Hi guys, I hope someone can help me out!! I have a 2000 mustang gt 4.6l 2v Windsor. I just bought it and it needs to have the timing chains replaced do to a bad tensioner. So after taking the car in the shop to be looked at I decided to do the job myself to save coast for future in parts. I previously owned a 94 mustang gt that I did a lot of work on and felt confident in doing the timing chain guides and tensioner.
So I got everly thing removed and sure enough the tensioner and guides are bad and the chain is lose. Here is where things go BAD!!! I missed a step and DID NOT SET THE ENGINE AT TDC before removing the tensioner so when I loosened the tensioner the passenger side cam moved from its location and I heard three clicks. I looked over and sure as the cam slipped from where the tdc mark was sitting before. I then panicked and re installed the tensioner so it wouldn't move more and thought i should attempt to get the engine to tdc. So I turned the crank and it turned a couple small rotations then I can not move the crank anymore in a clock wise rotation so I stopped and here I am PLEASE HELP WHAT SHOULD I DO
Note. for the Ford 4.6 modular motor the initial setting is NOT #1 TDC. It's what Ford calls a "safe point" with all pistons below the deck.
I have a set of cam shaft holding tools that makes the job soooooooooo much easier. Of course likely you are past the point where the cam holding tool will help you.
I also have an inexpensive spring compressor that aids in removing the roller followers.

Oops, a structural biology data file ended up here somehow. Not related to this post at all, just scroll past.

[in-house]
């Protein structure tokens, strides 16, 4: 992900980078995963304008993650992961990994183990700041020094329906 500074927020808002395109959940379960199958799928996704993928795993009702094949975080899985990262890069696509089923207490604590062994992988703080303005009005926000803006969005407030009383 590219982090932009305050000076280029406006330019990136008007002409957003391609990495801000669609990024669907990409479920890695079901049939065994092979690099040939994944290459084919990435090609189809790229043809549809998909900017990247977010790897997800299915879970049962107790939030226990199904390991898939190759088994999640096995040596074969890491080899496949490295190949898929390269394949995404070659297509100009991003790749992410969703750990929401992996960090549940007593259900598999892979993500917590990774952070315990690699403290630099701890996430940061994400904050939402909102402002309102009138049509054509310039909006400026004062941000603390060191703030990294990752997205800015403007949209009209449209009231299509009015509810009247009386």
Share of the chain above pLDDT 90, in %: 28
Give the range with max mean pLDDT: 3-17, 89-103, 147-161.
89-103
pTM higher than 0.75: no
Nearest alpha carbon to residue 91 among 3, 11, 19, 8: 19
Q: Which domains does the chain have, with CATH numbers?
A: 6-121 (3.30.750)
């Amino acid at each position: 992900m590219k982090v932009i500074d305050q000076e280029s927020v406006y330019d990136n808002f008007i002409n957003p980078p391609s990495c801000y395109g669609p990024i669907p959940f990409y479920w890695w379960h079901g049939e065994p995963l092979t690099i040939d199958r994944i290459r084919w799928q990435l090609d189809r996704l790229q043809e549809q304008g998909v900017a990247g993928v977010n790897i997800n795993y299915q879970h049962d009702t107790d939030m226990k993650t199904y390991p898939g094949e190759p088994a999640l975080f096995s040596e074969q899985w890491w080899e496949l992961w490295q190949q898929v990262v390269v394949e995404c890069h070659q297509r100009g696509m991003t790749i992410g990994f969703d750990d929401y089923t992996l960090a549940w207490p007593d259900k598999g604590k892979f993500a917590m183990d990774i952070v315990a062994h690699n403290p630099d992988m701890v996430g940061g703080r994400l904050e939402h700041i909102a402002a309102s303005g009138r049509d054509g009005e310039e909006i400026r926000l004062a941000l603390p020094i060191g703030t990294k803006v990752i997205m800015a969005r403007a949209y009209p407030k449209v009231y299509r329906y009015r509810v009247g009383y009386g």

If I were in your shoes likely I would use my spring compressor to remove all of the roller followers. Remember to keep everything in order so that it can be re-installed in the same location.
It may be necessary to turn the motor over backwards to get some of the cam lobes on to the base circle so that the spring compressor will work. This may take several "passes" to get all of the roller followers onto the cam base circle and then removed. Again don't force it. Also be very careful if trying to rotate the cam using the cam sprocket. Many would be tempted to use the cam bolt but that is not advised.
There are "pin style" holding tools that might make the job of holding or turning the cam sprocket job easier. Many auto parts stores will rent these tools and save the cost of buying an expensive one time use tool.
Once all of the roller followers have been removed the motor and/or cams can be turned in any direction without fear of hurting any valves. Re-time the motor per Ford service manual. Then re-install all of the roller followers. Again several motor turn overs may be needed to get all of the roller followers re-installed. However that this point the motor will be back in time with the timing chains correctly installed.
IMO you are in for a fair amount of work. Take your time. Or your next post might be asking for help on "how to pull a motor".